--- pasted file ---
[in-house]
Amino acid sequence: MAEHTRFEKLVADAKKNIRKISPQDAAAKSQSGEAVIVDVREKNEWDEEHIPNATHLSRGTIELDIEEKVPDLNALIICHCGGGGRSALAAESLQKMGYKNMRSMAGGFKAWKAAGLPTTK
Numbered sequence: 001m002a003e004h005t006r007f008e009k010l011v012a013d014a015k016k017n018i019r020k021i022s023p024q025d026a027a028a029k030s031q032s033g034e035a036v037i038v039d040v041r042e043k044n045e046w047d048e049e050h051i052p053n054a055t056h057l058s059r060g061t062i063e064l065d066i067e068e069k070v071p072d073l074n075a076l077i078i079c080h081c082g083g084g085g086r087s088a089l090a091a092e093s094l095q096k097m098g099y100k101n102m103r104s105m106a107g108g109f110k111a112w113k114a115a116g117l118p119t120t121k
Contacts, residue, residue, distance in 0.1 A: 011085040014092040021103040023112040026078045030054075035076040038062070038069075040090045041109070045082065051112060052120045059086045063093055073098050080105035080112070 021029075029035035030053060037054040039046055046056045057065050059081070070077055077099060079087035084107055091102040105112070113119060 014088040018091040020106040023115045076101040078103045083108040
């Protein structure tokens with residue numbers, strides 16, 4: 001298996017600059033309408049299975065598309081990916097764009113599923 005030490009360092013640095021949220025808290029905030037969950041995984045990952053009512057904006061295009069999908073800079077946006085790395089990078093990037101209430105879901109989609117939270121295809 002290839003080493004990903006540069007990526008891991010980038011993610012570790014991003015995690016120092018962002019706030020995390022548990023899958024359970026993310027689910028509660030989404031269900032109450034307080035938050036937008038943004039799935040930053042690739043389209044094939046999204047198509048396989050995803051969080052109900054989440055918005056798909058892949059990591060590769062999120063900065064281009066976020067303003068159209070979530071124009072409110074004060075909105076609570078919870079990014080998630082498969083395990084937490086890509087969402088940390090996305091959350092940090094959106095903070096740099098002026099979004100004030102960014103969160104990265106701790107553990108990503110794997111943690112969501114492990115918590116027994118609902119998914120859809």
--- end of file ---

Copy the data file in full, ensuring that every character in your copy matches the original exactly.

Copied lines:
[in-house]
Amino acid sequence: MAEHTRFEKLVADAKKNIRKISPQDAAAKSQSGEAVIVDVREKNEWDEEHIPNATHLSRGTIELDIEEKVPDLNALIICHCGGGGRSALAAESLQKMGYKNMRSMAGGFKAWKAAGLPTTK
Numbered sequence: 001m002a003e004h005t006r007f008e009k010l011v012a013d014a015k016k017n018i019r020k021i022s023p024q025d026a027a028a029k030s031q032s033g034e035a036v037i038v039d040v041r042e043k044n045e046w047d048e049e050h051i052p053n054a055t056h057l058s059r060g061t062i063e064l065d066i067e068e069k070v071p072d073l074n075a076l077i078i079c080h081c082g083g084g085g086r087s088a089l090a091a092e093s094l095q096k097m098g099y100k101n102m103r104s105m106a107g108g109f110k111a112w113k114a115a116g117l118p119t120t121k
Contacts, residue, residue, distance in 0.1 A: 011085040014092040021103040023112040026078045030054075035076040038062070038069075040090045041109070045082065051112060052120045059086045063093055073098050080105035080112070 021029075029035035030053060037054040039046055046056045057065050059081070070077055077099060079087035084107055091102040105112070113119060 014088040018091040020106040023115045076101040078103045083108040
């Protein structure tokens with residue numbers, strides 16, 4: 001298996017600059033309408049299975065598309081990916097764009113599923 005030490009360092013640095021949220025808290029905030037969950041995984045990952053009512057904006061295009069999908073800079077946006085790395089990078093990037101209430105879901109989609117939270121295809 002290839003080493004990903006540069007990526008891991010980038011993610012570790014991003015995690016120092018962002019706030020995390022548990023899958024359970026993310027689910028509660030989404031269900032109450034307080035938050036937008038943004039799935040930053042690739043389209044094939046999204047198509048396989050995803051969080052109900054989440055918005056798909058892949059990591060590769062999120063900065064281009066976020067303003068159209070979530071124009072409110074004060075909105076609570078919870079990014080998630082498969083395990084937490086890509087969402088940390090996305091959350092940090094959106095903070096740099098002026099979004100004030102960014103969160104990265106701790107553990108990503110794997111943690112969501114492990115918590116027994118609902119998914120859809």